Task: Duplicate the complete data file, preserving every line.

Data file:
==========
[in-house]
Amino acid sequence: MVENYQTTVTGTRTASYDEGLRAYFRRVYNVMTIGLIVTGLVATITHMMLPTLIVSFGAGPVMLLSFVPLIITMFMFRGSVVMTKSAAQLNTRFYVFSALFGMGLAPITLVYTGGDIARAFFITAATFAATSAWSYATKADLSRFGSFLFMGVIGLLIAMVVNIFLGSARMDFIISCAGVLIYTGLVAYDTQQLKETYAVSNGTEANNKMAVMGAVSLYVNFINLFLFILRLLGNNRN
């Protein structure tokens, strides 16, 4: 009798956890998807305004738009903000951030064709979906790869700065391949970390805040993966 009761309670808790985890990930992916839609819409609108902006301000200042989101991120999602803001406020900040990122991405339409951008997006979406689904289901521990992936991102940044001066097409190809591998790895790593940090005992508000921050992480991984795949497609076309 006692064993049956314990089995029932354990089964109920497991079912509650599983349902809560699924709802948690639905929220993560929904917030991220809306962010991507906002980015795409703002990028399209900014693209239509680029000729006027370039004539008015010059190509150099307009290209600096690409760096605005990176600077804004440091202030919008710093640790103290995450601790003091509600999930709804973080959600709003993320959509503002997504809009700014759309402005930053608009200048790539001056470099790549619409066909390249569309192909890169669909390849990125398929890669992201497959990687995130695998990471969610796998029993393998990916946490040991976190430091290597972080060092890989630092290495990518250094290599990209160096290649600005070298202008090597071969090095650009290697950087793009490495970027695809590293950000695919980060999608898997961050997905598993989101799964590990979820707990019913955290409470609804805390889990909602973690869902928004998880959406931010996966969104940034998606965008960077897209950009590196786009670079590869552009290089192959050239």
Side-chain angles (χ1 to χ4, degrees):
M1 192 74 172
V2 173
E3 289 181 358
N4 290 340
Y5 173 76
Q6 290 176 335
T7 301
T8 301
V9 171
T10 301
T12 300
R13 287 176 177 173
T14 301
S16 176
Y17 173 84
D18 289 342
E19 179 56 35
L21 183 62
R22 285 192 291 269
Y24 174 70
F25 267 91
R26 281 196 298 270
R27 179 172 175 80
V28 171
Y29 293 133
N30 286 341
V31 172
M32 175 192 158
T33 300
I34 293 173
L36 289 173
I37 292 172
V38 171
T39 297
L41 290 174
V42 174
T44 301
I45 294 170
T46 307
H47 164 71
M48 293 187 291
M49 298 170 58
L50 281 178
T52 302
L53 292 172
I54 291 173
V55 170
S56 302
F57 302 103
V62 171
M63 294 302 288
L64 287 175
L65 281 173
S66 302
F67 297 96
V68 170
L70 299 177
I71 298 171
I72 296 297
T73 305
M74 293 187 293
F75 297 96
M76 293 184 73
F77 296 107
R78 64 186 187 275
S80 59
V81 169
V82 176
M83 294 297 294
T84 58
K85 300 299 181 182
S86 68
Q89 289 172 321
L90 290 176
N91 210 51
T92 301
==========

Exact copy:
[in-house]
Amino acid sequence: MVENYQTTVTGTRTASYDEGLRAYFRRVYNVMTIGLIVTGLVATITHMMLPTLIVSFGAGPVMLLSFVPLIITMFMFRGSVVMTKSAAQLNTRFYVFSALFGMGLAPITLVYTGGDIARAFFITAATFAATSAWSYATKADLSRFGSFLFMGVIGLLIAMVVNIFLGSARMDFIISCAGVLIYTGLVAYDTQQLKETYAVSNGTEANNKMAVMGAVSLYVNFINLFLFILRLLGNNRN
């Protein structure tokens, strides 16, 4: 009798956890998807305004738009903000951030064709979906790869700065391949970390805040993966 009761309670808790985890990930992916839609819409609108902006301000200042989101991120999602803001406020900040990122991405339409951008997006979406689904289901521990992936991102940044001066097409190809591998790895790593940090005992508000921050992480991984795949497609076309 006692064993049956314990089995029932354990089964109920497991079912509650599983349902809560699924709802948690639905929220993560929904917030991220809306962010991507906002980015795409703002990028399209900014693209239509680029000729006027370039004539008015010059190509150099307009290209600096690409760096605005990176600077804004440091202030919008710093640790103290995450601790003091509600999930709804973080959600709003993320959509503002997504809009700014759309402005930053608009200048790539001056470099790549619409066909390249569309192909890169669909390849990125398929890669992201497959990687995130695998990471969610796998029993393998990916946490040991976190430091290597972080060092890989630092290495990518250094290599990209160096290649600005070298202008090597071969090095650009290697950087793009490495970027695809590293950000695919980060999608898997961050997905598993989101799964590990979820707990019913955290409470609804805390889990909602973690869902928004998880959406931010996966969104940034998606965008960077897209950009590196786009670079590869552009290089192959050239």
Side-chain angles (χ1 to χ4, degrees):
M1 192 74 172
V2 173
E3 289 181 358
N4 290 340
Y5 173 76
Q6 290 176 335
T7 301
T8 301
V9 171
T10 301
T12 300
R13 287 176 177 173
T14 301
S16 176
Y17 173 84
D18 289 342
E19 179 56 35
L21 183 62
R22 285 192 291 269
Y24 174 70
F25 267 91
R26 281 196 298 270
R27 179 172 175 80
V28 171
Y29 293 133
N30 286 341
V31 172
M32 175 192 158
T33 300
I34 293 173
L36 289 173
I37 292 172
V38 171
T39 297
L41 290 174
V42 174
T44 301
I45 294 170
T46 307
H47 164 71
M48 293 187 291
M49 298 170 58
L50 281 178
T52 302
L53 292 172
I54 291 173
V55 170
S56 302
F57 302 103
V62 171
M63 294 302 288
L64 287 175
L65 281 173
S66 302
F67 297 96
V68 170
L70 299 177
I71 298 171
I72 296 297
T73 305
M74 293 187 293
F75 297 96
M76 293 184 73
F77 296 107
R78 64 186 187 275
S80 59
V81 169
V82 176
M83 294 297 294
T84 58
K85 300 299 181 182
S86 68
Q89 289 172 321
L90 290 176
N91 210 51
T92 301